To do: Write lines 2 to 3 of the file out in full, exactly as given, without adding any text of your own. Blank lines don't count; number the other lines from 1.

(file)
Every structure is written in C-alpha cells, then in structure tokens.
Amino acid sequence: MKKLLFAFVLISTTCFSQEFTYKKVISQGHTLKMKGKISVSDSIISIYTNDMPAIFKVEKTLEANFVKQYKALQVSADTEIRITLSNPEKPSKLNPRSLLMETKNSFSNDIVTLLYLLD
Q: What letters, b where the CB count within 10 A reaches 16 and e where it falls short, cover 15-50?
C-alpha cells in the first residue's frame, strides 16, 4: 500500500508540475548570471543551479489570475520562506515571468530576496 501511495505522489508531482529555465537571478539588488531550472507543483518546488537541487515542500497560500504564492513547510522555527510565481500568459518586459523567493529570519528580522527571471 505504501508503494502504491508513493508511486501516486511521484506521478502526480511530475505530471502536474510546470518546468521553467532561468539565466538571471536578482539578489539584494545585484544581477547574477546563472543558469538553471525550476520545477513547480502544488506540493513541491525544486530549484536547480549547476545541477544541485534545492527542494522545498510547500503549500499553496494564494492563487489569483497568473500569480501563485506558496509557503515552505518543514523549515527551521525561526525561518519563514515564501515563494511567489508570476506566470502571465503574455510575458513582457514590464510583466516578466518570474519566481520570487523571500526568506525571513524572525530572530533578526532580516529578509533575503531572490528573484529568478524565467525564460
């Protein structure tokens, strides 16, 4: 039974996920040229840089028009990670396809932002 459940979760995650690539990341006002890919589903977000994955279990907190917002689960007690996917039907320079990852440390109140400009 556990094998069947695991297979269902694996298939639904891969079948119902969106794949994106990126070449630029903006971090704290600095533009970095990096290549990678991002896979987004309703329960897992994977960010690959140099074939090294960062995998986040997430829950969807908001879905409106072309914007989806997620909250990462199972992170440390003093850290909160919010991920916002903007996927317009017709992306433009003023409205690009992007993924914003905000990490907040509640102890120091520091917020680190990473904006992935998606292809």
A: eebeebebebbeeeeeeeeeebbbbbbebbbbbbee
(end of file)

Amino acid sequence: MKKLLFAFVLISTTCFSQEFTYKKVISQGHTLKMKGKISVSDSIISIYTNDMPAIFKVEKTLEANFVKQYKALQVSADTEIRITLSNPEKPSKLNPRSLLMETKNSFSNDIVTLLYLLD
Q: What letters, b where the CB count within 10 A reaches 16 and e where it falls short, cover 15-50?